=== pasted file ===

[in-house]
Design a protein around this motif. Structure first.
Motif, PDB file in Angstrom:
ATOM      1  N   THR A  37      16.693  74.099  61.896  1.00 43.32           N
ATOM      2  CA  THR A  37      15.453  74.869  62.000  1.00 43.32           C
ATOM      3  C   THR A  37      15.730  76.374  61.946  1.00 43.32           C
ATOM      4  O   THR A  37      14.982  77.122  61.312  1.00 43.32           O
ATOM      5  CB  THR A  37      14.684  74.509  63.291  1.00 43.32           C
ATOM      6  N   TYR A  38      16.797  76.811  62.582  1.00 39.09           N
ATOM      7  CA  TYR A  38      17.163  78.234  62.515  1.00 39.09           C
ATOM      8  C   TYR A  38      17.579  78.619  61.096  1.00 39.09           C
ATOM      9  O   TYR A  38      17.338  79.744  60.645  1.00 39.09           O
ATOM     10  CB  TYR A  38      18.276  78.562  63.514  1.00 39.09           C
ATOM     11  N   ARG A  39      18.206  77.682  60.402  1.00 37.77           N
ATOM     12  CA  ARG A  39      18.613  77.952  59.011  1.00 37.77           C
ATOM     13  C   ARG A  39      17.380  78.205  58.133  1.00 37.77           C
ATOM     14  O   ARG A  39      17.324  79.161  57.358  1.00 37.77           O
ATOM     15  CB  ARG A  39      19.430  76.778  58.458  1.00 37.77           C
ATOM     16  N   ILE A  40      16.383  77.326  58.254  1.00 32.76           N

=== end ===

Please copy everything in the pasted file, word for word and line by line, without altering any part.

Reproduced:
[in-house]
Design a protein around this motif. Structure first.
Motif, PDB file in Angstrom:
ATOM      1  N   THR A  37      16.693  74.099  61.896  1.00 43.32           N
ATOM      2  CA  THR A  37      15.453  74.869  62.000  1.00 43.32           C
ATOM      3  C   THR A  37      15.730  76.374  61.946  1.00 43.32           C
ATOM      4  O   THR A  37      14.982  77.122  61.312  1.00 43.32           O
ATOM      5  CB  THR A  37      14.684  74.509  63.291  1.00 43.32           C
ATOM      6  N   TYR A  38      16.797  76.811  62.582  1.00 39.09           N
ATOM      7  CA  TYR A  38      17.163  78.234  62.515  1.00 39.09           C
ATOM      8  C   TYR A  38      17.579  78.619  61.096  1.00 39.09           C
ATOM      9  O   TYR A  38      17.338  79.744  60.645  1.00 39.09           O
ATOM     10  CB  TYR A  38      18.276  78.562  63.514  1.00 39.09           C
ATOM     11  N   ARG A  39      18.206  77.682  60.402  1.00 37.77           N
ATOM     12  CA  ARG A  39      18.613  77.952  59.011  1.00 37.77           C
ATOM     13  C   ARG A  39      17.380  78.205  58.133  1.00 37.77           C
ATOM     14  O   ARG A  39      17.324  79.161  57.358  1.00 37.77           O
ATOM     15  CB  ARG A  39      19.430  76.778  58.458  1.00 37.77           C
ATOM     16  N   ILE A  40      16.383  77.326  58.254  1.00 32.76           N